I read the obituary and think of you.
I think of us together and how one day,
we won’t get to choose life or death.
It’ll just happen and one of us will be left
without the other. When I read books
about lovers trying to move on after
their sun goes out, I can’t handle it.
When my grandma died, sure I was upset
for losing her, but I was on edge by the thought
of my grandfather sleeping alone from then on.
And I know it’s so far away and I know
that it doesn’t make sense as a twenty-something
to think about it. But I want to tell you I love you
every time I hear someone has died. I want to run
my hands over your skin and make it permanent.
I want to believe that there’s an afterlife and we all just
become reconnected. When I hear someone has died
I want to hear your voice against my cheek, sighing my name,
over and over again.
I want to imprint on you. Just as the girls before me.
Don’t lie at me and say I can’t see the sharpie marks on your skin.
I got drunk because I knew I couldn’t kiss you sober.
I stumbled into you like you were the bathroom at a bar.
I took a look around and I couldn’t even miss them: drawings, words,
phone numbers and lipstick kisses. **** the mirror; don’t look at me.
Don't make me read a biography.
They're always such a tease and I
always want more. When did your
first tooth come out. Whose been lucky
enough to kiss you. Don't tell me where
you went to school. I don't care what
year you graduated: tell me where you
ate lunch, tell me what songs got you
through that bus ride home.
You're telling me the skeleton, give me
the flesh, give me the intricate details of
your nerves and cells. I don't want no
flashcard facts, give me that scrapbook
your grandma made. Let me see you get
embarrassed. Just let me see you.
My mother brought down the storage
box from the attic. I swore it was bigger.
I went through every single picture,
pulling aside all the ones I wanted
to bring back to Tallahassee with me.
I didn't think it could mean anything, but
I have no proof to show of my vacant father.
No picture of my clumsy, pre-teen years
where I weighed more than my mother.
When I pick out the pictures I want on my wall,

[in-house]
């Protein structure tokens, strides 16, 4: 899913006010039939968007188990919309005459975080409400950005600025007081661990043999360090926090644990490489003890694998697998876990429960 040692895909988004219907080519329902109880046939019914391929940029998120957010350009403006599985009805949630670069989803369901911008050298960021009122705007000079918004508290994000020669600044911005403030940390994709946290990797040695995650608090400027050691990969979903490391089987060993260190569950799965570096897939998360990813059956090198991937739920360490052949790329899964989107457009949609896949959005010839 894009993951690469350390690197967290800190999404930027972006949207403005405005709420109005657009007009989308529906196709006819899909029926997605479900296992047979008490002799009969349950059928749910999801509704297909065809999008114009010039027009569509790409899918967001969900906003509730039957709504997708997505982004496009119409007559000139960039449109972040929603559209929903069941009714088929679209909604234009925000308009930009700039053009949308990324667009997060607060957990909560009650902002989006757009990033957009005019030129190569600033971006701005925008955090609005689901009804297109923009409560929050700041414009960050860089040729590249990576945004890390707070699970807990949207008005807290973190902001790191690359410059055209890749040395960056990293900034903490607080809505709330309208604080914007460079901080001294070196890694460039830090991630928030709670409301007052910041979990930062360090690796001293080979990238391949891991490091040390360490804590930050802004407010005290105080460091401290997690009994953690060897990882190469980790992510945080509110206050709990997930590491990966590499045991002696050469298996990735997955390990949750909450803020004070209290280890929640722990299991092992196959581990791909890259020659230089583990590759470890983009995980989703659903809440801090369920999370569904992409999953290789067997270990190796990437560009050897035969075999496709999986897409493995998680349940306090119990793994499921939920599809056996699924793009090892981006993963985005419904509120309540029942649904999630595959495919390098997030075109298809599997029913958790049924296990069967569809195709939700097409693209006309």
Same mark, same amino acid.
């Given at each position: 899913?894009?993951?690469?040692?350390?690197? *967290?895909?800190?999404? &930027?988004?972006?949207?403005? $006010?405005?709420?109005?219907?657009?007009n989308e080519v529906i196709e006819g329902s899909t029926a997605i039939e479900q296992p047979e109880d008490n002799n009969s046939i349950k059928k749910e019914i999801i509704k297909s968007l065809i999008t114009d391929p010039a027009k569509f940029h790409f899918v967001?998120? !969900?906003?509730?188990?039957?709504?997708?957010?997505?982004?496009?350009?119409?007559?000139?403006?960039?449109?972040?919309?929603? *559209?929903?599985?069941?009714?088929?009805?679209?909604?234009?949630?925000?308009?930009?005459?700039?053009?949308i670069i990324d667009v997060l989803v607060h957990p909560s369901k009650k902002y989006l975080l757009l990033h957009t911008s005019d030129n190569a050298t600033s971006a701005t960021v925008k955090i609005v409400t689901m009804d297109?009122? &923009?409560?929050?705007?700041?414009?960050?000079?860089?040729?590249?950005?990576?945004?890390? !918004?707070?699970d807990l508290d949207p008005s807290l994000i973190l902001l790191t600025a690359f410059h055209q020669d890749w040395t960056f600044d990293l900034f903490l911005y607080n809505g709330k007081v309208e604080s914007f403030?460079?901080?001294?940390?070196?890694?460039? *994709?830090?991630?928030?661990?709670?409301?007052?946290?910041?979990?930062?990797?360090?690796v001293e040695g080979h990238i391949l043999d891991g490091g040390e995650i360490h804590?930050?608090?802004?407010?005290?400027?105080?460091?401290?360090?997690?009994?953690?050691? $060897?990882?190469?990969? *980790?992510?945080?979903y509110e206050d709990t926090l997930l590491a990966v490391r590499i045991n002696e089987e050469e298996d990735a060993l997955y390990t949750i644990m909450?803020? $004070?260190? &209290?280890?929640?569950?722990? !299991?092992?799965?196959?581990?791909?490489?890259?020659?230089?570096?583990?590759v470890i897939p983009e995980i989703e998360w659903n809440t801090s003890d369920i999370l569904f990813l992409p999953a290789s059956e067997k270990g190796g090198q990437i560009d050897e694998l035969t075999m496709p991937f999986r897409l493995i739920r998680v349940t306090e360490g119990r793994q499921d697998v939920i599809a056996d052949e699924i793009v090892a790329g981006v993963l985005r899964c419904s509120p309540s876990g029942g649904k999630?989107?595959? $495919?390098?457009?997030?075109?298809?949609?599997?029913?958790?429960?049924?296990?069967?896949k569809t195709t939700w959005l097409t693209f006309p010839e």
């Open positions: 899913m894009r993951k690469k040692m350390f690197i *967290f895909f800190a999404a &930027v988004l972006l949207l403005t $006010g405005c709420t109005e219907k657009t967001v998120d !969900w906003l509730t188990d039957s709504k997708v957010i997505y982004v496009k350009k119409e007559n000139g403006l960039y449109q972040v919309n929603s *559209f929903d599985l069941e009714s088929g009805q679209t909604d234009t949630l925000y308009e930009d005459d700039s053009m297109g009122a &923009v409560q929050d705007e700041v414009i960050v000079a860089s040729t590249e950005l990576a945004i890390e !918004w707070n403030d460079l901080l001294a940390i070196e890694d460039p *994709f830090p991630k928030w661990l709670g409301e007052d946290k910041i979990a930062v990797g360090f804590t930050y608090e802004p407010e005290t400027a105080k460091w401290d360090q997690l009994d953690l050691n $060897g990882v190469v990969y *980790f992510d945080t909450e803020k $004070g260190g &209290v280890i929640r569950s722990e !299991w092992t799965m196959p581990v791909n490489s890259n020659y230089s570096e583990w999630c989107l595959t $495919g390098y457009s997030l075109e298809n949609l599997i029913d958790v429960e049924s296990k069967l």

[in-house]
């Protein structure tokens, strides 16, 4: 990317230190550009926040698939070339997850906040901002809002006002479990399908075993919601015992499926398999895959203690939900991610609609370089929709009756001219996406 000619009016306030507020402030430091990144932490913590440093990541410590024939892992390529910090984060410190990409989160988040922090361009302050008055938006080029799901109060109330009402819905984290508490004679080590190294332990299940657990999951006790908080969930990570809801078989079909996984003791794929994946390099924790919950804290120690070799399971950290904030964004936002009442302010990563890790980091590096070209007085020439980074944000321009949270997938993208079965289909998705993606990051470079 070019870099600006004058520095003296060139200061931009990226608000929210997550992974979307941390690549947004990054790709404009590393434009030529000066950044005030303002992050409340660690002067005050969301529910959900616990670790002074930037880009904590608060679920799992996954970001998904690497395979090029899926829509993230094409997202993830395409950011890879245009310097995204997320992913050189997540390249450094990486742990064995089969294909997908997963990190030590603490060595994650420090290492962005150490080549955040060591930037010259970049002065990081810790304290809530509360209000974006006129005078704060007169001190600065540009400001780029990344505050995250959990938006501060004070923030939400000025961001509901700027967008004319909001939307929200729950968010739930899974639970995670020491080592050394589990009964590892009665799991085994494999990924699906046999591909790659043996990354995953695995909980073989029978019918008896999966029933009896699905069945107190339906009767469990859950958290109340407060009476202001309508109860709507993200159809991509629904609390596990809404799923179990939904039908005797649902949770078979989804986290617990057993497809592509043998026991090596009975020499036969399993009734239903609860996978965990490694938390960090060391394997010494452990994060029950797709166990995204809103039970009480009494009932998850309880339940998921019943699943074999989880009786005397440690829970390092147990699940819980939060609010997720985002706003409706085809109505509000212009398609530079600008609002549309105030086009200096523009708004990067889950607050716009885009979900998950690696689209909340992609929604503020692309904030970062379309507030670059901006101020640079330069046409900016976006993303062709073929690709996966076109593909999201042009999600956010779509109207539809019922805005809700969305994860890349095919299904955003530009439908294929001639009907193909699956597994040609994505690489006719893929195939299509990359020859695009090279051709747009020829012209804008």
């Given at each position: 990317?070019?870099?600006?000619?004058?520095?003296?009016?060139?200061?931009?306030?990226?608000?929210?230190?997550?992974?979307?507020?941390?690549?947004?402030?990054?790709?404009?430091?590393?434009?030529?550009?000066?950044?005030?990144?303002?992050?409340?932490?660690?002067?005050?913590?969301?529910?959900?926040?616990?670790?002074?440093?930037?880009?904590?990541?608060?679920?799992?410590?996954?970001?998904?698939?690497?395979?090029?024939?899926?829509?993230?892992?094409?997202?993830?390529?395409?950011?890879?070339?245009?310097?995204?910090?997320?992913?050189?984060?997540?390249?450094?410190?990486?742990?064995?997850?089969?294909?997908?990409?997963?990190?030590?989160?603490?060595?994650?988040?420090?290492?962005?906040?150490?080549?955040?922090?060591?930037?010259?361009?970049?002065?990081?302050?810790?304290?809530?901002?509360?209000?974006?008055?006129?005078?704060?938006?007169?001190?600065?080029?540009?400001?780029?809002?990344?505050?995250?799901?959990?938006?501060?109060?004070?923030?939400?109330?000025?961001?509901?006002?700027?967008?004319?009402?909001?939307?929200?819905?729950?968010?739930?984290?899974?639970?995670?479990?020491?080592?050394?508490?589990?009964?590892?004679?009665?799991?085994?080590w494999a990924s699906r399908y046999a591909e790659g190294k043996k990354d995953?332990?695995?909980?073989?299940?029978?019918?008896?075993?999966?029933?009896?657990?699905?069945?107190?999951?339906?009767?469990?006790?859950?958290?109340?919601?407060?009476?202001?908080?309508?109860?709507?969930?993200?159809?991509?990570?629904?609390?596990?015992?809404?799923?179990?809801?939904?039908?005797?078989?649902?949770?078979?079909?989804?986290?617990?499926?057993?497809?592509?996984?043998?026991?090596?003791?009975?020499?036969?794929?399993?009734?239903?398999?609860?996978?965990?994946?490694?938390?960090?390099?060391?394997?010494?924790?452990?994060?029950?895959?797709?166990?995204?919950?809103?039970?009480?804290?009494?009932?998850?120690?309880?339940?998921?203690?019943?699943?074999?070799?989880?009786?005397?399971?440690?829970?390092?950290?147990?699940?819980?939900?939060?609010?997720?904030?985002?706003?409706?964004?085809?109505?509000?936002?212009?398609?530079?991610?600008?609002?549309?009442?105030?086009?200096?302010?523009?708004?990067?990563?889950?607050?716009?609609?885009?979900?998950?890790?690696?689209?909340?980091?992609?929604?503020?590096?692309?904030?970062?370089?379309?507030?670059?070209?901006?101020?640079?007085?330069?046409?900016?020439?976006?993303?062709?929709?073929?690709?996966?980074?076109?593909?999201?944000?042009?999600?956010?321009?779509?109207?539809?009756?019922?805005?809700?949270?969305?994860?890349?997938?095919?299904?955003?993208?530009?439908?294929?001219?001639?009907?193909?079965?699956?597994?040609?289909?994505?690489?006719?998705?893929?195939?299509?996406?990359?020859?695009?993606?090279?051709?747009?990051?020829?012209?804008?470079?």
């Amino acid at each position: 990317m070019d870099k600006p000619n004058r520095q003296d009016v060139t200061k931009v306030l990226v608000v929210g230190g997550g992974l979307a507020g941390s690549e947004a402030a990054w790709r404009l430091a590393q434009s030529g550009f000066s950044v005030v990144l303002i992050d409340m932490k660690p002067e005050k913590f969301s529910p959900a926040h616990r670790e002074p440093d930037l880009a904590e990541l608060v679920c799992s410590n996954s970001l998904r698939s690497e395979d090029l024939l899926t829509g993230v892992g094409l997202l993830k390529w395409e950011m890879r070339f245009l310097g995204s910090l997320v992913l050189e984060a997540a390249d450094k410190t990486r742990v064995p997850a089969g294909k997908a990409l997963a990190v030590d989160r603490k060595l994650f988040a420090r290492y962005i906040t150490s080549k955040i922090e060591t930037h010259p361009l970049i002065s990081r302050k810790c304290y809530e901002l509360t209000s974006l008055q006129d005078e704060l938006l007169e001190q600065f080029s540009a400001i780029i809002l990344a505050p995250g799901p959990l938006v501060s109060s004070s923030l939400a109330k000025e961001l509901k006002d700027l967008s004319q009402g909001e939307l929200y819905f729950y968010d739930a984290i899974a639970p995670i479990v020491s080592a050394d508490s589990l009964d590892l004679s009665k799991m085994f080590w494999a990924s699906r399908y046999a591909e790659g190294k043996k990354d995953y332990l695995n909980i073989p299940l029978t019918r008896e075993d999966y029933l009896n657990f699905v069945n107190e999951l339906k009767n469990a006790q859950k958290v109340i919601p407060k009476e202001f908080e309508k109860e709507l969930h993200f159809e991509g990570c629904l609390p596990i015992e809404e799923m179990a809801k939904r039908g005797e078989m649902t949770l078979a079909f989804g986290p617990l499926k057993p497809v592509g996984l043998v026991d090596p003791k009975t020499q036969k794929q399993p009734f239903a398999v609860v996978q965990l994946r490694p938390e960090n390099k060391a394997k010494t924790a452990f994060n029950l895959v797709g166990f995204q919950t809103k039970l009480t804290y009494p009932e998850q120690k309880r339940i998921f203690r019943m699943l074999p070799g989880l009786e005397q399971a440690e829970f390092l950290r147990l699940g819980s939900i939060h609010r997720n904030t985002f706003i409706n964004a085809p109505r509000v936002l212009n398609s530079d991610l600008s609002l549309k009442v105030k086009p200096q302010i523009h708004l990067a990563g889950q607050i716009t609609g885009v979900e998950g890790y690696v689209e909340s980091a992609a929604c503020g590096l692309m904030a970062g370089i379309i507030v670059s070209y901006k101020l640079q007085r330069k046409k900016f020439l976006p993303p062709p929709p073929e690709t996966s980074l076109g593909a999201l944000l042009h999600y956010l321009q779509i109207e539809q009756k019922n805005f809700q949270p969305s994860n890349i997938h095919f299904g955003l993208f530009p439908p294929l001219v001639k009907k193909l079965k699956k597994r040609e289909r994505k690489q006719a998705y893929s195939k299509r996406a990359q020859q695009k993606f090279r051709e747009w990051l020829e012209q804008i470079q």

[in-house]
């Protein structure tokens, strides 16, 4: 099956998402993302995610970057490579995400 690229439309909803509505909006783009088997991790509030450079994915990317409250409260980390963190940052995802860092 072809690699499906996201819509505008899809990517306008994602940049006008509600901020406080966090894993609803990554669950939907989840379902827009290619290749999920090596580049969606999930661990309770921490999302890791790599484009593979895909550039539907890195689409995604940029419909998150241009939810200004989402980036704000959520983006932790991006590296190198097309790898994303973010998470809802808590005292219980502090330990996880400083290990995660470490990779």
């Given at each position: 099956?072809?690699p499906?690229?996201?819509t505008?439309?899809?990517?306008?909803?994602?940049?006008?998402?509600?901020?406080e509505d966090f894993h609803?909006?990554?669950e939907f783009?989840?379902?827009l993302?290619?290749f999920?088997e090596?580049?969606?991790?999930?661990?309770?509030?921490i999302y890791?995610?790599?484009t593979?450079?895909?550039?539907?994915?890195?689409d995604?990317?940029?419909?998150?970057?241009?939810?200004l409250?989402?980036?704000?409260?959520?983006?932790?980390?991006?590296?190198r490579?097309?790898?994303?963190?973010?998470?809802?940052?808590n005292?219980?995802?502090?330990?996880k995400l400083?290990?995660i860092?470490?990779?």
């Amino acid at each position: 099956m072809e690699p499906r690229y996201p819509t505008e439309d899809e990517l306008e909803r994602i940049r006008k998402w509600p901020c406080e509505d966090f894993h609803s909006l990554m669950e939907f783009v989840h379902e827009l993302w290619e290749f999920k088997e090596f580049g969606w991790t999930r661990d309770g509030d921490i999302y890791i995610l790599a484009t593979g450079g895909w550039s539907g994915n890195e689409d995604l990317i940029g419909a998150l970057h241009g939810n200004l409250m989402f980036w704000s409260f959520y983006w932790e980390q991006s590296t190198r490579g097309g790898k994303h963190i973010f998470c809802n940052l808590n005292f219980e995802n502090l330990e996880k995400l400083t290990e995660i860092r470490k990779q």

it's the past that I created for myself.
You left faster than the door
could open from its hinges.
It swung while the scent
of blueberries and milk
and the memories you held
diffused throughout my lonely
room, on my lonely bed
where you had just slept --
where we had slept, but
don't come back.
I will hurt my boyfriend the most. But he started it and though he thought
we finished it together, like civil adults talking about how to better
our relationship. I finished it later --
alone in my room, crying and pleading for something better, different.
You gotta understand --
When it's good, it's so good,
but when it's bad,
I have to write about it.
And I will find a new boy who doesn't care about that,
I respect the art, he'd say.
You gotta understand --
I will do this to you, too.
You are my next poem
and it will probably be ****** and make you cry.
Daydream if i ever publish a book of poetry and how much i'll hurt him.
Not in a sense that I want to own it, or
that I want to take it away from others and conquer
the ways for which it stood and whoever might
have been there before me.
But I want to name an island.
A cryptic, unforgiving name and not in a sense that
I’ll be leaving it, because of the harsh and abrasive things its done.
Not because I was ready to be left standing there
not knowing the starting and ending point,
like how I was left in your bed.
You didn’t make coffee or ask me what time
it was or if I wanted a shower.
You don’t black-out the sun anymore.
Now at nine in the morning the sun shines early through the window
and the aqua walls flood and I’m stranded on
your brown-plaid bed, in the middle of your room and
you just swam off.
And I’m naming it nothing,
because why would I name an island when I have no one to share it with?